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Amelia Island Honors The Orphans
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Amelia Island Honors The Orphans

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One of our favorite car events of the year takes place this week just north of Jacksonville, Florida, the Amelia Island Concours d’Elegance. Now in its 20th year it has grown to showcase over 300 rare vehicles from collections around the world on The Golf Club of Amelia Island at the Ritz-Carlton.

In addition to immaculately restored classics you’d expect to find at an event of this quality – a 1938 Supercharged Cord Convertible, Sir Stirling Moss’s Jaguar XK120, and a gorgeous white BMW 328 – the organizers have arranged to present a host of one-of-a-kind concept cars for the guests to admire. “Creating a class of orphan concept cars is the kind of thing we just can’t resist,” said Mark Becker, Vice-Chairman of the Amelia Island Concours d’Elegance, “The Orphans Concept Class shows an industry on instruments, changing course, almost overnight, from a wartime economy to a new consumer economy that none could have imagined or predicted.”

Featuring many brilliant expressions of industrial design that set the vision for their respective brands for the future, these concepts are not just gorgeous, but also important markers in automotive history. They range from the futuristic 1954 DeSoto Adventurer II to a concept car that was the hit of this year’s Detroit Auto Show, the Buick Avenir.

Powered by a 276 cubic inch Hemi engine, the DeSoto Adventurer II was designed to set a new direction for the division of Chrysler. Had DeSoto carried on with the project the Adventurer might well have enjoyed performance parity with Chevy’s iconic Corvette. However, Chrysler closed its doors on November 30, 1960.

In 1956, the Packard Predictor was designed and created to reestablish Packards premium position in the 1950s. It was a platform for many features that found its way onto other production cars including swivelling bucket seats, clamshell headlamps and the yolk grill. But, alas, it was not enough to save the brand and in 1959 the last Packard automobile rolled off the assembly line.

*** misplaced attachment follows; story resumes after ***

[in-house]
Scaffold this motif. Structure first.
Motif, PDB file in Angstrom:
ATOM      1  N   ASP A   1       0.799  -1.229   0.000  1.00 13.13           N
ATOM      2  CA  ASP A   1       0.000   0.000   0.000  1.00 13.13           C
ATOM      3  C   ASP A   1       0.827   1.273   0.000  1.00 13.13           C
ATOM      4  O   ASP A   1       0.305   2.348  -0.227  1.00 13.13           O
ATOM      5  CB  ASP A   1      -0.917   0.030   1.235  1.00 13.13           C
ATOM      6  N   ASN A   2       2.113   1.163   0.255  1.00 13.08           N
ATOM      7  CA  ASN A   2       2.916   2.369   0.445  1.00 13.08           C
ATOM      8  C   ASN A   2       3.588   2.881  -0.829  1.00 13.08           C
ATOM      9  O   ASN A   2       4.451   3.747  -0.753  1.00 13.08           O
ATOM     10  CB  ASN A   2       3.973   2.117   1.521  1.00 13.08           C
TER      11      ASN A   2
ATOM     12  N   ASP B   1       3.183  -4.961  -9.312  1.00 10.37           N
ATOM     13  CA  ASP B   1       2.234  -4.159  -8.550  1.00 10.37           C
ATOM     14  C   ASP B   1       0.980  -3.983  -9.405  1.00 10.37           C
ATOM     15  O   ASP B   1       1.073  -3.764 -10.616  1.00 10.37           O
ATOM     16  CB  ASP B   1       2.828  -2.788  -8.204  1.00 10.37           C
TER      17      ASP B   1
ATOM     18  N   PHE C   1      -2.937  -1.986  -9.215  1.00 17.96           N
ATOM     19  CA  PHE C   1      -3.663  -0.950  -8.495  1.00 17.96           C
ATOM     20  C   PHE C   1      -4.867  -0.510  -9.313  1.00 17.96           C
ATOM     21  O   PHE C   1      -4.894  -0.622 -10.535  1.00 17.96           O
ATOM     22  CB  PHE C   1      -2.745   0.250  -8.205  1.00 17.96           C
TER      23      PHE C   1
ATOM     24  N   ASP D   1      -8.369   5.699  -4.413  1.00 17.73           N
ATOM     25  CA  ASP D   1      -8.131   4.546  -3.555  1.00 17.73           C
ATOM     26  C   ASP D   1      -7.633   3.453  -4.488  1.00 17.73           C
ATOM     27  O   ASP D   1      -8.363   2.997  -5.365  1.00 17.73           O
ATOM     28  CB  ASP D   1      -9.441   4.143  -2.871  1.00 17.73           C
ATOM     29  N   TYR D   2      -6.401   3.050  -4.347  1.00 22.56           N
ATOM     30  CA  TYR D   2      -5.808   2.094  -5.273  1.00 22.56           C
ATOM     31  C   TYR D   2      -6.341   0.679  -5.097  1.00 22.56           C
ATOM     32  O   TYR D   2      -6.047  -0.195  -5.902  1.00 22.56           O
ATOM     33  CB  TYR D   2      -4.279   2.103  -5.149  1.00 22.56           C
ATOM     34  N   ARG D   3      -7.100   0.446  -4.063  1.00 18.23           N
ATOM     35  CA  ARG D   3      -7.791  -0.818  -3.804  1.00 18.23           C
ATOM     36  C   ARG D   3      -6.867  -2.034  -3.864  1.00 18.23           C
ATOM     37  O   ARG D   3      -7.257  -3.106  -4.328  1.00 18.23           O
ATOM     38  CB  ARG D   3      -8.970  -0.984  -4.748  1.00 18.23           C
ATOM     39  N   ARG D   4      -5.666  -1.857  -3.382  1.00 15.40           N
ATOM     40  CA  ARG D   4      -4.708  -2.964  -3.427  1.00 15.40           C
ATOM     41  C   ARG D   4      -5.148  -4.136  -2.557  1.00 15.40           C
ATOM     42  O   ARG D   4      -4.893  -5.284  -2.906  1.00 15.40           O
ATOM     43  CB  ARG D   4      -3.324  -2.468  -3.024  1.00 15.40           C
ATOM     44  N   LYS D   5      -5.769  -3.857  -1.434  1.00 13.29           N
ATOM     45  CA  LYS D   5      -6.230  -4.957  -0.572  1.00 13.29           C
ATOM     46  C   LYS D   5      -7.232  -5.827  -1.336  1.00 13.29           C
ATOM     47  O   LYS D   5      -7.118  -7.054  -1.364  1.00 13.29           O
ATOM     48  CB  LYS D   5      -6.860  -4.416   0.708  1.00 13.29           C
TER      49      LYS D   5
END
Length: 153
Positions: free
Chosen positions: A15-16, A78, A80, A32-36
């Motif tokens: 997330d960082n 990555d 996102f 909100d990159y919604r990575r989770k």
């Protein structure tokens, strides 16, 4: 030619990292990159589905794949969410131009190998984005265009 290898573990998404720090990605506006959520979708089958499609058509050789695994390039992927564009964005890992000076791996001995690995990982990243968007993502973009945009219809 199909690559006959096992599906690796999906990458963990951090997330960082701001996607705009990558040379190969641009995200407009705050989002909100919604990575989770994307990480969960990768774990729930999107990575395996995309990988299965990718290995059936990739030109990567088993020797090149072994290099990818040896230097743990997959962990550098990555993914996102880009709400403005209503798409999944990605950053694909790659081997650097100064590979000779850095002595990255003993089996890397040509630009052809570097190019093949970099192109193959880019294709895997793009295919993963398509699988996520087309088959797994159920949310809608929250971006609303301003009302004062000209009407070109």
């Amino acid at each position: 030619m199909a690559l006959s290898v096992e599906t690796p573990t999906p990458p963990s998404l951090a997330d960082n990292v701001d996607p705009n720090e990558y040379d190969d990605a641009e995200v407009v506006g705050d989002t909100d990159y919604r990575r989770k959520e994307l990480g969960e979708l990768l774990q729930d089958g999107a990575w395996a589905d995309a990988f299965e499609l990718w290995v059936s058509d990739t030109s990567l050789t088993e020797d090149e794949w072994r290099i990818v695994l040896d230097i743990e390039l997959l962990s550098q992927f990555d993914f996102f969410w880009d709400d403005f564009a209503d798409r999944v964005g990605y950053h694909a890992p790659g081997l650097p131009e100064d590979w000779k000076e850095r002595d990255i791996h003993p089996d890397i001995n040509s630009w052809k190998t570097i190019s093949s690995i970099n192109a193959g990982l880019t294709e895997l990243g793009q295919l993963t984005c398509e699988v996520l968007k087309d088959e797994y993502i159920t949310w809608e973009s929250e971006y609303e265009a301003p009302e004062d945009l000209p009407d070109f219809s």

After its debut at the 1954 Detroit Auto Show, the Mercury XM-800 was recommended for production by none other than Benson Ford. Features like individual seats, the wrap around windshield and a 270 hp 312 cid V-8 all became part of Mercury’s future design vocabulary. The XM-800 was stopped in its tracks, however, by an executive committee decision to expand Ford’s product line. The new Ford division that halted the gestation of the XM-800 was named Edsel.

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The 1963 Pontiac X-400 was different from most GM concept cars of the time. Instead of starting from a clean sheet of paper like the concepts typically shown at GMs Motorama, The Grand Prix-based, supercharged 421 ci V-8 X-400 convertible was conceived and executed as the ultimate Pontiac. It was significant because it clearly set the direction for Pontiac’s potent and legendary GTO, and was an augur for Pontiac’s success in the sixties and seventies.

Buick unveiled the Avenir (French for Future) at the North American International Auto Show in Detroit in January to much acclaim. A few weeks later, I was able to sit down with Buick’s director of interiors, Liz Wetzel, to get an inside view of the importance of the Avenir to future Buick product. She described the Avenir as harmonious, graceful and balanced, presenting a new look at luxury that feels both light and open. Overall, the effect is both elegant and athletic creating a dynamic shape that we hope finds its way into future Buick cars.

The 20th annual Amelia Island Concours d’Elegance is scheduled for March 13-15, 2015. For more information, visit www.ameliaconcours.org or call 904-636-0027.



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